5 million join ‘stretched middle’, supporting older or younger family members

24th October 2014


Five million Britons have been caught in the ‘stretched middle’ financially supporting younger or older family members.

With elderly parents living longer and grown up children unable to fly the nest, or returning home, there is a generation of people stretching themselves thin financially.

Research by insurer LV= shows on average parents spend £10,252 per year on their children, with £6,411 spent on adult children aged 22 and over, while those supporting older family members spend £1,367 a year.

There is also a number of the ‘stretched middle’ who are becoming part of the ‘sandwich generation’, where they have financial responsibility for both adult children and elderly parents.

LV= said there is over a million people who have ‘double caring’ responsibilities, looking after older family members, children and in some cases grandchildren. The main areas of support the sandwich generation are paying for are food and household bills – with 54% doing so. The same amount are paying off loved-ones debts, 23% are funding home renovations, 32% are funding medical care and 11% are funding education fees.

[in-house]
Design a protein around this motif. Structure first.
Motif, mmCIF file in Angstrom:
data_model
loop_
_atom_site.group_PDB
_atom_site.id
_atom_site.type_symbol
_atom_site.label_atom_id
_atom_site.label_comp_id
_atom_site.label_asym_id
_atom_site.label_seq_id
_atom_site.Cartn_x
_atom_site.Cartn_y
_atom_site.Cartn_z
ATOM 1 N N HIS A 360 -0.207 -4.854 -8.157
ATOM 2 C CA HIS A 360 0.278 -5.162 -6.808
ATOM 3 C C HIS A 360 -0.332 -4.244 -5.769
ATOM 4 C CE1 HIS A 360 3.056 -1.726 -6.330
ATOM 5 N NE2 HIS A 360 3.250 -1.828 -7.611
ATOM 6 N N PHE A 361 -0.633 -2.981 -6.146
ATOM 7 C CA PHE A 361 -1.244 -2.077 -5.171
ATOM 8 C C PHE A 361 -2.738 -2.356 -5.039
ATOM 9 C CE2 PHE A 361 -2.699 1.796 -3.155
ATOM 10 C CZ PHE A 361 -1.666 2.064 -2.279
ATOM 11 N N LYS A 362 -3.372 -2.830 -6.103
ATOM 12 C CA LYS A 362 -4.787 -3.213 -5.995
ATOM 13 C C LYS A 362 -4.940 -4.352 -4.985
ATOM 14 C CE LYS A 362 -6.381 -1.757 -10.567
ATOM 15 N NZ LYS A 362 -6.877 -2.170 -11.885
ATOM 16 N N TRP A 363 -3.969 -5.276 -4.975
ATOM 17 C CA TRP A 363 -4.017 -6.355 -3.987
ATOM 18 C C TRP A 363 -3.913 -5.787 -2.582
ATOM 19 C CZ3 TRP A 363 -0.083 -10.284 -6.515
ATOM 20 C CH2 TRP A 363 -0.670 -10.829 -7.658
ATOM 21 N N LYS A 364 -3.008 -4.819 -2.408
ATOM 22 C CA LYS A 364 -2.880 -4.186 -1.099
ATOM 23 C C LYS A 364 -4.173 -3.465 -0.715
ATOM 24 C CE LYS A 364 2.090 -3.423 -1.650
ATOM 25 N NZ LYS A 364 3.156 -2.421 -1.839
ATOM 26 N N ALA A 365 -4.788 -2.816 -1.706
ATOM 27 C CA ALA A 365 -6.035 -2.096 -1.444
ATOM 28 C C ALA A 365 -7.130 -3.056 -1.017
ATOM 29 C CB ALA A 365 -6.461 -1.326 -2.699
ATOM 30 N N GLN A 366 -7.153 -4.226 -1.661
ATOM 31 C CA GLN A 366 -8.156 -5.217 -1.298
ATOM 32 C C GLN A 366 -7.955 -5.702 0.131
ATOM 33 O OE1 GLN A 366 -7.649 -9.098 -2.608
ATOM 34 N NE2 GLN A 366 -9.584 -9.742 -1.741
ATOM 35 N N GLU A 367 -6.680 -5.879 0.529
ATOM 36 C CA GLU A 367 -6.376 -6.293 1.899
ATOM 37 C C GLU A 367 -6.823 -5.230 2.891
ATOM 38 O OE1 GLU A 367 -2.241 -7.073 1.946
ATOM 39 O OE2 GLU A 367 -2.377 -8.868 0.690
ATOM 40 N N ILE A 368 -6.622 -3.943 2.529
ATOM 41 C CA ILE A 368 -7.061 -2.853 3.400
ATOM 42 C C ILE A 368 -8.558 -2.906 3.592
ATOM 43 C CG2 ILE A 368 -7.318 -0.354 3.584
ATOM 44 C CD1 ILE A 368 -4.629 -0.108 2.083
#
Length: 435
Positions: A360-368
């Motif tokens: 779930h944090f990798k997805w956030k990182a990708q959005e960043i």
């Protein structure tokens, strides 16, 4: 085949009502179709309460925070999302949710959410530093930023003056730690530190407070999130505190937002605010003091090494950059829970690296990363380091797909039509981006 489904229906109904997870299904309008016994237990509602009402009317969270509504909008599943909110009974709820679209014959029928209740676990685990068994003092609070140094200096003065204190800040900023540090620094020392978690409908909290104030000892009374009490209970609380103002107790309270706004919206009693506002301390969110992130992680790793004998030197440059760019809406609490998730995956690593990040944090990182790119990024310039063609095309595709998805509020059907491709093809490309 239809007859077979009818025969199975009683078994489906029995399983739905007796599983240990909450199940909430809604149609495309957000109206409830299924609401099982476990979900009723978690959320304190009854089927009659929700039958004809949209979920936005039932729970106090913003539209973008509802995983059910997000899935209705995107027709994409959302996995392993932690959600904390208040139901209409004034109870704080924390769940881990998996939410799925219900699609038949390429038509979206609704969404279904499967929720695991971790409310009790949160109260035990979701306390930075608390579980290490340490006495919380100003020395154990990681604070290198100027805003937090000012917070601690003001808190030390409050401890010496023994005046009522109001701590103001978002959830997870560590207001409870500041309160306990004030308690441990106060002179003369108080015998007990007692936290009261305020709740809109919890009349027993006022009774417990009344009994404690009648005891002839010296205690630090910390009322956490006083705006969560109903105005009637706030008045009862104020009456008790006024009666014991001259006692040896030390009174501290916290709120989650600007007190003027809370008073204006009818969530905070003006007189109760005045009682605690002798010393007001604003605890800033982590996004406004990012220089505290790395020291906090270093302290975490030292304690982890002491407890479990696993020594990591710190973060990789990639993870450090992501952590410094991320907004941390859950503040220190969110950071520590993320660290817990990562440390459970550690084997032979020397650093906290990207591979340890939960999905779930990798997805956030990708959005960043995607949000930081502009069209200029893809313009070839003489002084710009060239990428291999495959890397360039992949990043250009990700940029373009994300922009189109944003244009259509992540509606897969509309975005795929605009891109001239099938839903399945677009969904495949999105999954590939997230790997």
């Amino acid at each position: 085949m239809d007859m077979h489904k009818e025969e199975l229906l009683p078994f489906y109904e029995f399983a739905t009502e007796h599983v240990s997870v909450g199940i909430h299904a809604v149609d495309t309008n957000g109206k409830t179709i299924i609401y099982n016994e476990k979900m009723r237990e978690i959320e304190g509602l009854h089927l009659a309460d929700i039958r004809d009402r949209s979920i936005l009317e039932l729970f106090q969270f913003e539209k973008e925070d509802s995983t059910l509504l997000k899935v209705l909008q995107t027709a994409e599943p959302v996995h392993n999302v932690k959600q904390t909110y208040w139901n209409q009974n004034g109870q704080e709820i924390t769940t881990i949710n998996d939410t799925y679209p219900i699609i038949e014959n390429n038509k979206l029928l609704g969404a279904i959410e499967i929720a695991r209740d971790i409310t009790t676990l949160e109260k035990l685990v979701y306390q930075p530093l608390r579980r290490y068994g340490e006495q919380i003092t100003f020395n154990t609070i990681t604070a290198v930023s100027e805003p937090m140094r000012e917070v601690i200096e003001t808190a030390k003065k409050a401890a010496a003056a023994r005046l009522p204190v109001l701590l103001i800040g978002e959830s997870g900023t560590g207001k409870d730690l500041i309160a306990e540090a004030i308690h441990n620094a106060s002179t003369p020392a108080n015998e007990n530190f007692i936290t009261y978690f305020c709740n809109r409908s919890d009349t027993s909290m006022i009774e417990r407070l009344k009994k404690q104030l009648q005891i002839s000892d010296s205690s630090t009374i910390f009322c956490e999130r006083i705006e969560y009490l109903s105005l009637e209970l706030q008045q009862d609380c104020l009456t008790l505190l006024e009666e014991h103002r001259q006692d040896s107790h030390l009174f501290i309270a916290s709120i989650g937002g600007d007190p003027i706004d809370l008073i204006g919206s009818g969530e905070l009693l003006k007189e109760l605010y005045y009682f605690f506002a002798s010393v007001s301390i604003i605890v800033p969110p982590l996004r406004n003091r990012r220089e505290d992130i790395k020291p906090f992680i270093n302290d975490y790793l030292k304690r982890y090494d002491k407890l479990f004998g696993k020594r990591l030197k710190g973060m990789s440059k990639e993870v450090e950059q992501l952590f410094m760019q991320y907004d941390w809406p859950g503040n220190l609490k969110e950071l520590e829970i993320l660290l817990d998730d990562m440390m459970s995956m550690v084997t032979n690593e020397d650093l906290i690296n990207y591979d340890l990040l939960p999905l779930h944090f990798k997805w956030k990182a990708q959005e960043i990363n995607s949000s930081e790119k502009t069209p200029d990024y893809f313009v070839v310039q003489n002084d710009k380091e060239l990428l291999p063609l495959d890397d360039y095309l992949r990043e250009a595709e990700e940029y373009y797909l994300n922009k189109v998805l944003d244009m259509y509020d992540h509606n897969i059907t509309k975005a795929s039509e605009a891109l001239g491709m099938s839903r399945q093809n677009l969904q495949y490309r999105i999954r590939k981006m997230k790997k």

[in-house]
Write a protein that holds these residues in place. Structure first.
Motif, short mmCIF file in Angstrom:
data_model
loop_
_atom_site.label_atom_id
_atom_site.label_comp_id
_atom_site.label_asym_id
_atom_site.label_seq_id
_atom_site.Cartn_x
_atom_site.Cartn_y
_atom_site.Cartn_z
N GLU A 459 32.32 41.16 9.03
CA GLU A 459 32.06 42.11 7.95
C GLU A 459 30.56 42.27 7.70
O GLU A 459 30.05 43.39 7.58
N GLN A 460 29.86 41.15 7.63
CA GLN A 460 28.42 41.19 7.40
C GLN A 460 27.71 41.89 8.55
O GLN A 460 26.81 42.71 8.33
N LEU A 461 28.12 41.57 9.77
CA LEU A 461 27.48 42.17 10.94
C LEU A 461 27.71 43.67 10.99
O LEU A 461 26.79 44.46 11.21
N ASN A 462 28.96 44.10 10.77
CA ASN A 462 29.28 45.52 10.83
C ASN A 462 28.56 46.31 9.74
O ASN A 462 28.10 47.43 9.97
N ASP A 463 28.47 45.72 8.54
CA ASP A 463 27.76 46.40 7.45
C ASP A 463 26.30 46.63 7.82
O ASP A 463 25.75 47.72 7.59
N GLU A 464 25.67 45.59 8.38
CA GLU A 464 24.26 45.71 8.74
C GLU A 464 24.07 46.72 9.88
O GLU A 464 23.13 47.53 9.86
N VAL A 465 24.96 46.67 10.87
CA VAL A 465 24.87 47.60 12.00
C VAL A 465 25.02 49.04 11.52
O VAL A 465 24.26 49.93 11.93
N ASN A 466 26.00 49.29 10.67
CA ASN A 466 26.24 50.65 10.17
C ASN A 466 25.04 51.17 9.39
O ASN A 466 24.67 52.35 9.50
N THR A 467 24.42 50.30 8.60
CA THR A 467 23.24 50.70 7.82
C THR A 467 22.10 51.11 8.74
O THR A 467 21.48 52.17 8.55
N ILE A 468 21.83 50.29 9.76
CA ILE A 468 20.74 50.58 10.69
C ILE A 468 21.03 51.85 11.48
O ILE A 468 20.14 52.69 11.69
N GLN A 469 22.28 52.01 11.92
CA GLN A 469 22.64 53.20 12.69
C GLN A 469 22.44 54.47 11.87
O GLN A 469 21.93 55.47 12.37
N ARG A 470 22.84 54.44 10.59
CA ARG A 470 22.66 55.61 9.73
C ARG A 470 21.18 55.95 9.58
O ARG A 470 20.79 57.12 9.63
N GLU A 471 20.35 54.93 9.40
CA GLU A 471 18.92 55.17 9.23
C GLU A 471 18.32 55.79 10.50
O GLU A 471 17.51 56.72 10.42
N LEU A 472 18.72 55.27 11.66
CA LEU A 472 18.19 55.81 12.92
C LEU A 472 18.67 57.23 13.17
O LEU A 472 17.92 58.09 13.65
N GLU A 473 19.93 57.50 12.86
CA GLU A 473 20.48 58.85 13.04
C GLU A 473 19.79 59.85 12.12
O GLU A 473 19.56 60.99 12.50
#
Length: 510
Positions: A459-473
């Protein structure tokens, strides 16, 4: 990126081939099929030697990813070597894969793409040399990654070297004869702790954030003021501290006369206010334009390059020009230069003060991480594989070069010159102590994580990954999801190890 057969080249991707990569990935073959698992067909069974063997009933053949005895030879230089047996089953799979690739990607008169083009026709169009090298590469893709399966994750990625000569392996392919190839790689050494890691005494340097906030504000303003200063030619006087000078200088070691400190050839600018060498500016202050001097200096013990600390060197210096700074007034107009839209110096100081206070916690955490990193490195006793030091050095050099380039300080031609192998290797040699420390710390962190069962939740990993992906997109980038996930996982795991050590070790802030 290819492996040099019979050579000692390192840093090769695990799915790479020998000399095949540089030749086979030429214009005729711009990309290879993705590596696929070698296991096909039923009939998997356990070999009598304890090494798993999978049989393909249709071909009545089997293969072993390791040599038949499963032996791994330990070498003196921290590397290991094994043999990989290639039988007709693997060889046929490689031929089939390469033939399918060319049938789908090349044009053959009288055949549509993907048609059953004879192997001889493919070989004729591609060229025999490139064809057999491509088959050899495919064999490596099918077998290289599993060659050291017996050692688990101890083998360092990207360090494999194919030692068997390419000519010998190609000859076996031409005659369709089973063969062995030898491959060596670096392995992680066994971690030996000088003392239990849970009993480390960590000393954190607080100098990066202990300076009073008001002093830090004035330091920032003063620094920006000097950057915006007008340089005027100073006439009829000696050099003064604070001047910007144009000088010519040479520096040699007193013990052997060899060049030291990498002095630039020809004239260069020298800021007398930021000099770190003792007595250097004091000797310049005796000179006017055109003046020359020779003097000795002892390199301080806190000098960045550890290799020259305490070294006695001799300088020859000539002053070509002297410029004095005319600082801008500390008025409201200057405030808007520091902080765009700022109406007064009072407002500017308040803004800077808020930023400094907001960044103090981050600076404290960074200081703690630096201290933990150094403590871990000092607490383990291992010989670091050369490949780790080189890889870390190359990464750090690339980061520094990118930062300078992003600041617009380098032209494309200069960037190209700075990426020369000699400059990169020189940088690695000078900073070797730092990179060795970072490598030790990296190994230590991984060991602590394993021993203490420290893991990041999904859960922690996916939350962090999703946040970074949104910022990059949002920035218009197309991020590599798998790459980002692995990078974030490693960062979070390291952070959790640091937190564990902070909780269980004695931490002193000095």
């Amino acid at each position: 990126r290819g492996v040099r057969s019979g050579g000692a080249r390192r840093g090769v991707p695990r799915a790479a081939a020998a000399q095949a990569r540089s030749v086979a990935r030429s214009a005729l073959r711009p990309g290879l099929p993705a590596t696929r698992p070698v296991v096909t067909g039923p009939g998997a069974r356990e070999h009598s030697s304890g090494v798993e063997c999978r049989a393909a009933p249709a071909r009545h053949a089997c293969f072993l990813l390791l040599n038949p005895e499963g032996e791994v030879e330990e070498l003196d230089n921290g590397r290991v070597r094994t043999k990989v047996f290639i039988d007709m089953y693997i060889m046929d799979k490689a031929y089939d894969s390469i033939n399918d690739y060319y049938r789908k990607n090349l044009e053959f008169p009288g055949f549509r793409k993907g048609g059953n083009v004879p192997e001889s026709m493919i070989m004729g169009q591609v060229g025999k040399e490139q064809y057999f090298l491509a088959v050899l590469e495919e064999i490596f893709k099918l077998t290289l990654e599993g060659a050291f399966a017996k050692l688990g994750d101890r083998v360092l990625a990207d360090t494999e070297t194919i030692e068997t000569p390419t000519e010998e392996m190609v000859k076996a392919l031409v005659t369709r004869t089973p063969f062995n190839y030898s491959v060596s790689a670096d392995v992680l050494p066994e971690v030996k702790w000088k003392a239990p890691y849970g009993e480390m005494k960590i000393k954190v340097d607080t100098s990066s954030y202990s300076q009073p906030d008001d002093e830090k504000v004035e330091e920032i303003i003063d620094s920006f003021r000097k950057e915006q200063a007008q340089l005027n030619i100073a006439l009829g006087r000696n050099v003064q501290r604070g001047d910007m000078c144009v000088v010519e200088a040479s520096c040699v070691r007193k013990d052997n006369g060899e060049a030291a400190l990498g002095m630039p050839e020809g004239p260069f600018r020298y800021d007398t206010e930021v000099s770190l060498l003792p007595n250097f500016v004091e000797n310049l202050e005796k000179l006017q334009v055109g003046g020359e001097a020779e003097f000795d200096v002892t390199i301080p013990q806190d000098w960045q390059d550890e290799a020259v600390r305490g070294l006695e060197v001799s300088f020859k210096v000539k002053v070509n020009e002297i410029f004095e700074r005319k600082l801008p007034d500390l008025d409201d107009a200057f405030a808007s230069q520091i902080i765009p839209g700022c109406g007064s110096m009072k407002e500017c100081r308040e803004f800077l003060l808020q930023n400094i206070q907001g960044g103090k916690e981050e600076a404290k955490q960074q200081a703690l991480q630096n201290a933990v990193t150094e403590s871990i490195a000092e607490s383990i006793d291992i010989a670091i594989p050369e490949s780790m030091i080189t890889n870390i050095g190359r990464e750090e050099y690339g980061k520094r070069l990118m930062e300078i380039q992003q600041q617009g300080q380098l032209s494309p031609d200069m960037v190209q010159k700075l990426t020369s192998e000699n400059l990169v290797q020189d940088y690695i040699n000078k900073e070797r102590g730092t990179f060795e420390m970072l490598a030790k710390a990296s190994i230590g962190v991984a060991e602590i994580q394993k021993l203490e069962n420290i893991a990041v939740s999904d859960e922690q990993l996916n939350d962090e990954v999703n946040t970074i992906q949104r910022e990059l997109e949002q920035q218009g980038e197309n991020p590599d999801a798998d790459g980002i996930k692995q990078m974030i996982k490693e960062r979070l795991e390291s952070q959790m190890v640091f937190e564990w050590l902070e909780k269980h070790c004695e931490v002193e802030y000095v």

However, funding an extended family is not easy and 45% said the financial pressure is challenging and a quarter have had to take out a loan to subsidise family members. A total of 8% have increased their working hours and 5% have taken on a second job.

Richard Rowney, LV= life and pensions managing director, said: ‘The research shows how the changing nature of modern families is placing real financial pressure on those who are providing support to others. This help often lasts for many years longer than people may have originally thought.

‘Nobody wants to think about the possibility of getting ill or being made redundant however the reality is that some of us will be off work for a period of time at some point in our career. Having a contingency plan, such as income protection in place offers you peace of mind that if you fell ill or were made redundant you would receive a regular income which would enable to you to carry on supporting yourself and your loved ones.’

Older vs younger

With life expectancy pushing well into the 80s, around three million people in the UK are now supporting an older relative, spending £1,366 in doing so. A third of people are helping towards care costs and four in 10 are helping to supplement retirement income with regular handouts.

There are a number of young adults who still rely on their parents financially as well. Over one in 10, 14%, of Britons are financially relied upon by adult children, spending £6,411 a year on them. Over a third, 36%, help to fund bills, one in three help with accommodation costs and 28% are paying off adult children’s debts.


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